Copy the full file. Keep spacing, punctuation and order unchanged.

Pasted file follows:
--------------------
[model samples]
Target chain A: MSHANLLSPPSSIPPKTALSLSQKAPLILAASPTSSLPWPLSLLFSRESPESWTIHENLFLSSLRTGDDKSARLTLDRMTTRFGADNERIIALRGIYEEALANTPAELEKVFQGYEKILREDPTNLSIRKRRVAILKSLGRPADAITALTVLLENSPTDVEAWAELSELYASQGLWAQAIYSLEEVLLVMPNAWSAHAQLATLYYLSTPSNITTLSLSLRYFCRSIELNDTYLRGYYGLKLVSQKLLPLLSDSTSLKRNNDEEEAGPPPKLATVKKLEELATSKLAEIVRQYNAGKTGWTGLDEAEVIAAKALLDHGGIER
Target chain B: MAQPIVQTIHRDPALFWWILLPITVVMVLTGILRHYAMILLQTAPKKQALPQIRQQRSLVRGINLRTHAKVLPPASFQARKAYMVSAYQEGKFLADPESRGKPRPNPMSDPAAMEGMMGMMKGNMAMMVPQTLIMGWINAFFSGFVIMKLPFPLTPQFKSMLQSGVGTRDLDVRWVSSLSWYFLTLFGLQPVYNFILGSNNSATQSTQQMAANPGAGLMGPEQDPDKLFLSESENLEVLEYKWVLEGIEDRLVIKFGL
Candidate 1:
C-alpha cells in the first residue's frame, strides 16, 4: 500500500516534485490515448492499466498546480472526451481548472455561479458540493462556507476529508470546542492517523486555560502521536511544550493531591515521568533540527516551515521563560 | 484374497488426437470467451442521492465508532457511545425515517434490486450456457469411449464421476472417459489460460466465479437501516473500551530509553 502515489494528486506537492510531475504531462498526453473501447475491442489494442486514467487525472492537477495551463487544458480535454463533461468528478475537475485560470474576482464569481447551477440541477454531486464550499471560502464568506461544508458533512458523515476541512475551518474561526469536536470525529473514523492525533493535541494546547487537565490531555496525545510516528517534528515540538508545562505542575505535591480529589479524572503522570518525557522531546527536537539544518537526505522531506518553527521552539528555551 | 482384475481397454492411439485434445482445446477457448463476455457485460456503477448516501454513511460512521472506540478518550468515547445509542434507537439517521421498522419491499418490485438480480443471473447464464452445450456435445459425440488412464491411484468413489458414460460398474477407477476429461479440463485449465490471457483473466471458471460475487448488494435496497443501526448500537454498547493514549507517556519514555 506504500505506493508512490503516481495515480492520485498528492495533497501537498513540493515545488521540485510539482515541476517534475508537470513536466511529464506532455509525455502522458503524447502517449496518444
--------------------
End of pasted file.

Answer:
[model samples]
Target chain A: MSHANLLSPPSSIPPKTALSLSQKAPLILAASPTSSLPWPLSLLFSRESPESWTIHENLFLSSLRTGDDKSARLTLDRMTTRFGADNERIIALRGIYEEALANTPAELEKVFQGYEKILREDPTNLSIRKRRVAILKSLGRPADAITALTVLLENSPTDVEAWAELSELYASQGLWAQAIYSLEEVLLVMPNAWSAHAQLATLYYLSTPSNITTLSLSLRYFCRSIELNDTYLRGYYGLKLVSQKLLPLLSDSTSLKRNNDEEEAGPPPKLATVKKLEELATSKLAEIVRQYNAGKTGWTGLDEAEVIAAKALLDHGGIER
Target chain B: MAQPIVQTIHRDPALFWWILLPITVVMVLTGILRHYAMILLQTAPKKQALPQIRQQRSLVRGINLRTHAKVLPPASFQARKAYMVSAYQEGKFLADPESRGKPRPNPMSDPAAMEGMMGMMKGNMAMMVPQTLIMGWINAFFSGFVIMKLPFPLTPQFKSMLQSGVGTRDLDVRWVSSLSWYFLTLFGLQPVYNFILGSNNSATQSTQQMAANPGAGLMGPEQDPDKLFLSESENLEVLEYKWVLEGIEDRLVIKFGL
Candidate 1:
C-alpha cells in the first residue's frame, strides 16, 4: 500500500516534485490515448492499466498546480472526451481548472455561479458540493462556507476529508470546542492517523486555560502521536511544550493531591515521568533540527516551515521563560 | 484374497488426437470467451442521492465508532457511545425515517434490486450456457469411449464421476472417459489460460466465479437501516473500551530509553 502515489494528486506537492510531475504531462498526453473501447475491442489494442486514467487525472492537477495551463487544458480535454463533461468528478475537475485560470474576482464569481447551477440541477454531486464550499471560502464568506461544508458533512458523515476541512475551518474561526469536536470525529473514523492525533493535541494546547487537565490531555496525545510516528517534528515540538508545562505542575505535591480529589479524572503522570518525557522531546527536537539544518537526505522531506518553527521552539528555551 | 482384475481397454492411439485434445482445446477457448463476455457485460456503477448516501454513511460512521472506540478518550468515547445509542434507537439517521421498522419491499418490485438480480443471473447464464452445450456435445459425440488412464491411484468413489458414460460398474477407477476429461479440463485449465490471457483473466471458471460475487448488494435496497443501526448500537454498547493514549507517556519514555 506504500505506493508512490503516481495515480492520485498528492495533497501537498513540493515545488521540485510539482515541476517534475508537470513536466511529464506532455509525455502522458503524447502517449496518444